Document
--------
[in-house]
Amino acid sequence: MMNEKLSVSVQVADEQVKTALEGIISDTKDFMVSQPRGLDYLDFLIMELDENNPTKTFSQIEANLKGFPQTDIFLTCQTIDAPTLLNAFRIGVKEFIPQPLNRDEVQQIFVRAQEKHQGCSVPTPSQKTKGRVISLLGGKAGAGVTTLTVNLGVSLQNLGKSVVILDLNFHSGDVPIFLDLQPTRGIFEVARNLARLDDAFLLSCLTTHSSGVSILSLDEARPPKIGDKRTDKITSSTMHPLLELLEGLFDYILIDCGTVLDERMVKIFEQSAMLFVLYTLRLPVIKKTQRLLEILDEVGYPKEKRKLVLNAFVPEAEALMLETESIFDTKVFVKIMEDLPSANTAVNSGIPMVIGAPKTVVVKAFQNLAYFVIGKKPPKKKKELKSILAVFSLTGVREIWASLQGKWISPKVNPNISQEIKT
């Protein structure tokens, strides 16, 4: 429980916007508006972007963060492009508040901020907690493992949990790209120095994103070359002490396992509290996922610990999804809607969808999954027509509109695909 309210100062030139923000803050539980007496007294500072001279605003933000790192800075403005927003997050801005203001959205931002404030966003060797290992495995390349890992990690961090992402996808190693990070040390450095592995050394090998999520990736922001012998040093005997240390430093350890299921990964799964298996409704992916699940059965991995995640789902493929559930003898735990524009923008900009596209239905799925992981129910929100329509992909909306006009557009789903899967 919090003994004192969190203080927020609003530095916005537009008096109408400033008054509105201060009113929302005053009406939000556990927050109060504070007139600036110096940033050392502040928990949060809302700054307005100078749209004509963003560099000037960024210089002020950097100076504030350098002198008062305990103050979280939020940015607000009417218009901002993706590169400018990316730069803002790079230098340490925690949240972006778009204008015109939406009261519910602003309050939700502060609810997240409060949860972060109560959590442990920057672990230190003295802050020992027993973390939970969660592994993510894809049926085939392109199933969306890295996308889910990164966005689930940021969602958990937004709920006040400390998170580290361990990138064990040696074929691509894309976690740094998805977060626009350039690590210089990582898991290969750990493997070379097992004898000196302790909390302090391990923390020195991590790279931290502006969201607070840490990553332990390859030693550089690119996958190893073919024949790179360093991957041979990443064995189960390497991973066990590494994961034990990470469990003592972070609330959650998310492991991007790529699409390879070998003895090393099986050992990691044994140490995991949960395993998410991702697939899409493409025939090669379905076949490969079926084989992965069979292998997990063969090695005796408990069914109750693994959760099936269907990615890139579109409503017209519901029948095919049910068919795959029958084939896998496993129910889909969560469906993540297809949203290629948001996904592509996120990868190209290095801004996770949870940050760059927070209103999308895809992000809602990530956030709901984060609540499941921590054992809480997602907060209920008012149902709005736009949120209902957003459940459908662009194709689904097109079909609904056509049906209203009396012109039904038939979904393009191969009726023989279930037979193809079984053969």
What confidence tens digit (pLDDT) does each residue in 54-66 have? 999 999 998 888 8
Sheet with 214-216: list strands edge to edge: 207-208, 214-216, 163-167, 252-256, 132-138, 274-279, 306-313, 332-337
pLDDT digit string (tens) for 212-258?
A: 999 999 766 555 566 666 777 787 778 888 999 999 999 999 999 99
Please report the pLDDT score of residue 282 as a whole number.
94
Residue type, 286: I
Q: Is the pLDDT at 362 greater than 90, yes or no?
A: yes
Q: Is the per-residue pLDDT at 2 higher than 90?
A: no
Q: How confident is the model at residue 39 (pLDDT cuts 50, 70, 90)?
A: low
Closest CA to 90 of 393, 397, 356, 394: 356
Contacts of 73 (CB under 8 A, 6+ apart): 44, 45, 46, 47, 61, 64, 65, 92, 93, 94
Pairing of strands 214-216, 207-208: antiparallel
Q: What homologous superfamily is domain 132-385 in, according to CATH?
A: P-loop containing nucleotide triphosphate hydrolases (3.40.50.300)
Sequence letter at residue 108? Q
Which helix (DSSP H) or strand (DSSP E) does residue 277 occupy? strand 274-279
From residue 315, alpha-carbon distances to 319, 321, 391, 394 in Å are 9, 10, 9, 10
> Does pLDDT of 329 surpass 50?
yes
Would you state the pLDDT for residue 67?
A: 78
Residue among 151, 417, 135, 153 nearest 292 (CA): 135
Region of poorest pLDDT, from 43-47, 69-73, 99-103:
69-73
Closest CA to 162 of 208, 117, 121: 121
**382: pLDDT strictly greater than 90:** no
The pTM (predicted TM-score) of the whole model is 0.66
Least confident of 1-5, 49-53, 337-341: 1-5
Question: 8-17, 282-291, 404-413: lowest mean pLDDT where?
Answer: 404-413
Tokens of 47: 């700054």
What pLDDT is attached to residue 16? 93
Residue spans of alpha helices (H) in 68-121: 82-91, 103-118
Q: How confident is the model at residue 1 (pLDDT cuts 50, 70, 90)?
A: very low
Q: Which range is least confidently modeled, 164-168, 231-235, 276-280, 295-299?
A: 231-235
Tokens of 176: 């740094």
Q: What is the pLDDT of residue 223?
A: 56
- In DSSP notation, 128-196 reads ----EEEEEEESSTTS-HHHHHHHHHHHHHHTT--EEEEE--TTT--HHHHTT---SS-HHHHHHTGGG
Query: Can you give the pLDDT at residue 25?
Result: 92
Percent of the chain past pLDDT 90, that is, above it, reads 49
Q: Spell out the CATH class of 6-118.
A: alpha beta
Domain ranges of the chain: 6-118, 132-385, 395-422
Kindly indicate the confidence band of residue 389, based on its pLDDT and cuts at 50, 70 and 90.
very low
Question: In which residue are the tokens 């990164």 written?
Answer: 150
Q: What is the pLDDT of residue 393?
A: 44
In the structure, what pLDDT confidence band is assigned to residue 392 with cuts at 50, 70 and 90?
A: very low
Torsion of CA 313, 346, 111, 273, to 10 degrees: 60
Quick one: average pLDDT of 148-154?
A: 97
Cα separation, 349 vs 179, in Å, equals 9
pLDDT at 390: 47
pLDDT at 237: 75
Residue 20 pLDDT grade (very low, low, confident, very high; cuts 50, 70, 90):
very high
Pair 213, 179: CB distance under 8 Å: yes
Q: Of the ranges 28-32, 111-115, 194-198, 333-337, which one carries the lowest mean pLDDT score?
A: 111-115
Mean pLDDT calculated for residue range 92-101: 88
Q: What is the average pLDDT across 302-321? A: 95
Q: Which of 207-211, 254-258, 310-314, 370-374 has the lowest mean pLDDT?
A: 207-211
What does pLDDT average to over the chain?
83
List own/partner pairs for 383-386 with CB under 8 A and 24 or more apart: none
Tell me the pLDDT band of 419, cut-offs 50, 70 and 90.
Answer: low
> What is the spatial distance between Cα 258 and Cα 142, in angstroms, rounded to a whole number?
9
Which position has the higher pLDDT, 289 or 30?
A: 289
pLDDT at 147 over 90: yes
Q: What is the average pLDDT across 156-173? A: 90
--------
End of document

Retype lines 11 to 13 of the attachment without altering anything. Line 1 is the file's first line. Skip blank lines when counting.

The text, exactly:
Q: Is the pLDDT at 362 greater than 90, yes or no?
A: yes
Q: Is the per-residue pLDDT at 2 higher than 90?